Oct 10, 2012; Cincinnati, OH, USA; Cincinnati Reds second baseman Brandon Phillips (4) reacts to striking out during the ninth inning against the San Francisco Giants in game four of the 2012 NLDS at Great American Ballpark. The Giants defeated the Reds 8-3. Mandatory Credit: Frank Victores-USA TODAY Sports

Reds vs. National League Second Basemen: Brandon Phillips vs, Utley, Uggla, Weeks and Hill


This is the third installment of my series of articles which pits the Cincinnati Reds against the best of the National League. I started with catchers, and placed Ryan Hanigan in the unenviable task of competing against MVP Buster Posey.

The second article was with the first basemen. It had former MVP Joey Votto up against former MVP Ryan Howard, Todd Helton, Adrian Gonzalez and Adam LaRoche.

Today I will focus on the second basemen in the National League. There are really no ‘spectacular’ players to choose from. There are a couple of really good ones and a very good one. The ones who passed my eyeball test were Dan Uggla, Chase Utley, Darwin Barney, Rickie Weeks, Neil Walker, Aaron Hill and Marco Scutaro.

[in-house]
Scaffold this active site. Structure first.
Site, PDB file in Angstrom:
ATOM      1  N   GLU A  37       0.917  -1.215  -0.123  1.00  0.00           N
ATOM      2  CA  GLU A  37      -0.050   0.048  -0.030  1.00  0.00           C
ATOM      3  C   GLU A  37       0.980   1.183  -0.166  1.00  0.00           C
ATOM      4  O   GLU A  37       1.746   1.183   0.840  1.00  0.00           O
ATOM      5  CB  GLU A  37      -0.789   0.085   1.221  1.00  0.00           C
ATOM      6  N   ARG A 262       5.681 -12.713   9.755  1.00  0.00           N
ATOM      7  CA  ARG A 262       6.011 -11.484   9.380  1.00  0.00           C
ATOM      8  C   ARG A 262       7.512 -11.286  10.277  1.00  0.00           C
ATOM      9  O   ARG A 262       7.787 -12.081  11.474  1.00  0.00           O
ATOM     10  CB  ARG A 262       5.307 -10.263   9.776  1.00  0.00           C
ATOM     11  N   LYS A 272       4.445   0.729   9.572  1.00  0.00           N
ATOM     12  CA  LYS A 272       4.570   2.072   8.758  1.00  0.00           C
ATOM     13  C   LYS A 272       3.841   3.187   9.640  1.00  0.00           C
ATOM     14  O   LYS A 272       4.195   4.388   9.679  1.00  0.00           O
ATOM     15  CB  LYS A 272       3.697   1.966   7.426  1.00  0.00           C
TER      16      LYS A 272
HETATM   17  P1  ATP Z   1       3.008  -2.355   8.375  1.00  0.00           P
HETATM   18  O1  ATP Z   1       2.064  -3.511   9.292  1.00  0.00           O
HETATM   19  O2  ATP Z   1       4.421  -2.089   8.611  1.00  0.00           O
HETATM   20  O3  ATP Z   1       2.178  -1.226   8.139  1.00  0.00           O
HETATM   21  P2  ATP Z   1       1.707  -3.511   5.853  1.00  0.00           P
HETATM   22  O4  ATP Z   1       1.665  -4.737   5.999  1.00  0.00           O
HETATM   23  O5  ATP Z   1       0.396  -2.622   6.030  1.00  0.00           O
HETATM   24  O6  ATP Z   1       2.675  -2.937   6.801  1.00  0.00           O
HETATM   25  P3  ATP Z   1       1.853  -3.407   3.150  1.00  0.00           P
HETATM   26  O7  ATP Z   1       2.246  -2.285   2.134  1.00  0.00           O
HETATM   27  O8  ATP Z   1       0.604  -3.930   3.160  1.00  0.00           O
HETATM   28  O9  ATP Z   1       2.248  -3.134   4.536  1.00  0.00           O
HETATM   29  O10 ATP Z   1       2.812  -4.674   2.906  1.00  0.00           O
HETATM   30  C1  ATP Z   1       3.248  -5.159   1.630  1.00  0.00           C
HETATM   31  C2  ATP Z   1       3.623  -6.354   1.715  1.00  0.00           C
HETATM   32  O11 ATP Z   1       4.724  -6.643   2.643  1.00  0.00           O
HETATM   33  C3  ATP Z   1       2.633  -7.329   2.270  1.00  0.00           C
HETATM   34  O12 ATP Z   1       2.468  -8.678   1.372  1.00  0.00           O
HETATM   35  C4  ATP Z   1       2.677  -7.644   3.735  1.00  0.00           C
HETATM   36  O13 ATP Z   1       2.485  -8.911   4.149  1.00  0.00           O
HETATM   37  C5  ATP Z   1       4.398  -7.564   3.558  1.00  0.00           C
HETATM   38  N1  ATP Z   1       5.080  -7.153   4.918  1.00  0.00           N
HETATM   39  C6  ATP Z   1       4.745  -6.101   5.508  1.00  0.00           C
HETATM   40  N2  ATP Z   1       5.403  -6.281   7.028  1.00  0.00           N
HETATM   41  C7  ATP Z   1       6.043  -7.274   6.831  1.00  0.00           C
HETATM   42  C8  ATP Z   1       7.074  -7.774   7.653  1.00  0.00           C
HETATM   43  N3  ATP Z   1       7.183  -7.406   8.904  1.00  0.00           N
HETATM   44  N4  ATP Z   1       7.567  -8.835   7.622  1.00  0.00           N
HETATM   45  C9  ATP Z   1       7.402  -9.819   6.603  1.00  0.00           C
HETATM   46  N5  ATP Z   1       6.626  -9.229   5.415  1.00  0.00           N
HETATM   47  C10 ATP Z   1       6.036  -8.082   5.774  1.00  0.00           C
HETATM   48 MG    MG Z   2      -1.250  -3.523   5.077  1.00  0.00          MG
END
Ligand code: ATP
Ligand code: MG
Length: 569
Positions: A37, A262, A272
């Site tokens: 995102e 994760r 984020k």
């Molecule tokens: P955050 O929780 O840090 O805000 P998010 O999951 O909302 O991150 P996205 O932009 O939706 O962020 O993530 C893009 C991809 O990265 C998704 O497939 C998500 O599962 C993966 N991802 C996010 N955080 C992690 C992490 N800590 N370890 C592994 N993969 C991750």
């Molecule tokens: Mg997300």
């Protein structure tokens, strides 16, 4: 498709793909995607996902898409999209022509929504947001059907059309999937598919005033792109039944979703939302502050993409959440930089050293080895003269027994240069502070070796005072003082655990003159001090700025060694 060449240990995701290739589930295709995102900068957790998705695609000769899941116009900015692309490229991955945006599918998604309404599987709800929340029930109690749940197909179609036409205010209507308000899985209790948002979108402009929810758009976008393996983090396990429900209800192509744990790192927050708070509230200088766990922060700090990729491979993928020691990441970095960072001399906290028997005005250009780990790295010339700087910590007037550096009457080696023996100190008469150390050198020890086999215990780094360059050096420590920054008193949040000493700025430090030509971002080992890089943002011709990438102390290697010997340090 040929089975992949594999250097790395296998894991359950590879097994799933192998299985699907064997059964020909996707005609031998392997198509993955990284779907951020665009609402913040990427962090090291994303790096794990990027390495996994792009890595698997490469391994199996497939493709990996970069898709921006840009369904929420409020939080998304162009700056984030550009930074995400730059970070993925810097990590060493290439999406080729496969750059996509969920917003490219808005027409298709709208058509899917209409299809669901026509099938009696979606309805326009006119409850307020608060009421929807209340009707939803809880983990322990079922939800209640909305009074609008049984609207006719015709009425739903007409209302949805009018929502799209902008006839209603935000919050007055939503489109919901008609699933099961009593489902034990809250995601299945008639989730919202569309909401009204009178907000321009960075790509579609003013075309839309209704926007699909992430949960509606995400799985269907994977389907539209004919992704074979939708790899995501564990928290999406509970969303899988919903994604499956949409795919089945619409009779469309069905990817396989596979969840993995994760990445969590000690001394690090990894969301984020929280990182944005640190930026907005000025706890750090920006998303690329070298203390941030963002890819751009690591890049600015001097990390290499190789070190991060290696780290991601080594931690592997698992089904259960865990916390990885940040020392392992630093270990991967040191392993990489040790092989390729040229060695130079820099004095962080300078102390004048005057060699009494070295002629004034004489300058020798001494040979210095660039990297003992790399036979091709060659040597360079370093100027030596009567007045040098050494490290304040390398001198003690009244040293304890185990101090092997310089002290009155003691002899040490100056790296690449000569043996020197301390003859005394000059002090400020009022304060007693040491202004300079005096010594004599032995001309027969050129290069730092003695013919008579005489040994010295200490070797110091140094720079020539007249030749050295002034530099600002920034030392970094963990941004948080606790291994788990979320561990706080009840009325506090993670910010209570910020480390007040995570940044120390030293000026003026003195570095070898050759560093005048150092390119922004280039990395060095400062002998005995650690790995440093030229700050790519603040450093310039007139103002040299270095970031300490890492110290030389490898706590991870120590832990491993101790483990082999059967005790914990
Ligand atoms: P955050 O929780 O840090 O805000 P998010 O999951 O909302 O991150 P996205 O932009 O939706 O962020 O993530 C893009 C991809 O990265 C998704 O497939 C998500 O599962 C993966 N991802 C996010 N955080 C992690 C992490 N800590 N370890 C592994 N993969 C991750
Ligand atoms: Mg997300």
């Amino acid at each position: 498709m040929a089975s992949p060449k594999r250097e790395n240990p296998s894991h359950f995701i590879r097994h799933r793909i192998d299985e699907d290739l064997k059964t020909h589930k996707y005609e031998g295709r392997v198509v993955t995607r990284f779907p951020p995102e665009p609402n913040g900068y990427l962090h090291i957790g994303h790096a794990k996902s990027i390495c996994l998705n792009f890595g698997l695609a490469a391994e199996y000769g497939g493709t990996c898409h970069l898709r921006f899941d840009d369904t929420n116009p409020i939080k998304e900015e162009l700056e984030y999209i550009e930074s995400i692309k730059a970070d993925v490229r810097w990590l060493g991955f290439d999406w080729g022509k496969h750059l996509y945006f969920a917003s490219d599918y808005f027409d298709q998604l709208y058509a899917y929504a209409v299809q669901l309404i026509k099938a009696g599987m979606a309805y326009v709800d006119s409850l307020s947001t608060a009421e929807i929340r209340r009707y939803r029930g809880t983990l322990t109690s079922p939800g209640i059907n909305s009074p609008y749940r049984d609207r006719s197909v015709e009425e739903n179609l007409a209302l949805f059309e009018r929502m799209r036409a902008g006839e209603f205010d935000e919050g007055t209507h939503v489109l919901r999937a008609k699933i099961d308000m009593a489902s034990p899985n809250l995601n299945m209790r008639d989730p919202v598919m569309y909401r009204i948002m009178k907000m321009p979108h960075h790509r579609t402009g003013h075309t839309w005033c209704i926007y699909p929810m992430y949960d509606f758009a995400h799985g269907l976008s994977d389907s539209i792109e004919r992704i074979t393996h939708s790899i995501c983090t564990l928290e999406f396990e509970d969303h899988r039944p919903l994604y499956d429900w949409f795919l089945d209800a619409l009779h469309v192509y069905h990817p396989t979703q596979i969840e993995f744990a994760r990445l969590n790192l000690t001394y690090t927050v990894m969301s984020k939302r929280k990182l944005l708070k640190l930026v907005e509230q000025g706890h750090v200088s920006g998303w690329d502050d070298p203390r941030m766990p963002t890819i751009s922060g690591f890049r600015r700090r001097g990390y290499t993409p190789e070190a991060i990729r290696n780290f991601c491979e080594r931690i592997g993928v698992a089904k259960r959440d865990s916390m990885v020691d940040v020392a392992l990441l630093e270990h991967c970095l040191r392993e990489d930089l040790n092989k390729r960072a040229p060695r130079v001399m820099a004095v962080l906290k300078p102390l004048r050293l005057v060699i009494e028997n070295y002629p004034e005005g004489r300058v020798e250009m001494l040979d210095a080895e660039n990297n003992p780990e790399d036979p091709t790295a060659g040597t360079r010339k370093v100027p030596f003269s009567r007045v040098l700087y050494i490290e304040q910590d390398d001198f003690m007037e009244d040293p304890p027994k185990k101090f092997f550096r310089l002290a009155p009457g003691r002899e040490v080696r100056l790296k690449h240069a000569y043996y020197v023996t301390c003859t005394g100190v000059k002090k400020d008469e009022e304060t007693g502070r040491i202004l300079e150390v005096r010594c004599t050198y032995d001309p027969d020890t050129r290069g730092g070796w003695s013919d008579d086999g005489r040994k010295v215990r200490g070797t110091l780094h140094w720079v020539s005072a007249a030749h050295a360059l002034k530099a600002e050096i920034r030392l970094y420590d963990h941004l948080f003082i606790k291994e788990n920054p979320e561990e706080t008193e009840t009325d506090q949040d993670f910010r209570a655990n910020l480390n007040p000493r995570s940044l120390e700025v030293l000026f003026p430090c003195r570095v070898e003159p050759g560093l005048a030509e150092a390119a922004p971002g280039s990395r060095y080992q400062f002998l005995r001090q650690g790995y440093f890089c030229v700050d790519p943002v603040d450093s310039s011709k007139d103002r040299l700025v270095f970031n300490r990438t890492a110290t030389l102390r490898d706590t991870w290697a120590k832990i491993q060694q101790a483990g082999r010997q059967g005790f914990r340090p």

After a brief look at their statistics I narrowed it down to Uggla, Utley, Hill and Weeks. Barney has a promising future, is a Gold Glove winner but isn’t quite there yet. I like Walker but still do not count him as one of the best five in the league. Scutaro had a great playoff run last season, but other than that has not had a spectacular career.

Below is a table that shows the career statistics, all based on 162-games.

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Statistics are all extracted from Baseball-Reference.com

All of the finalists in my comparison had at least two All-Star selections while Phillips was the only Gold Glove winner which came as a surprise to me. He won the award three times and the rest of the field was shut out in that regard.

Seniority, stolen bases and fewer errors, are the only categories where Phillips outshined the competition. Other than Hill, the others were barely comparable with Phillips on defense.

Even though he has had two sub-par years in a row, Utley is the leader in eight categories.

Of all the players on this table, Phillips is the only one who falls below the league average in OPS+, which is allegedly a good indicator of their offensive performance with regard to the others in the league.

The winner in this race has to be Utley. Phillips would probably place third in this competition if he got a push. It is too bad there isn’t a metric that shows the intangibles of a player.

After three positions graded, the score: National Leage 2 Reds 1

Third basemen will be the next article.

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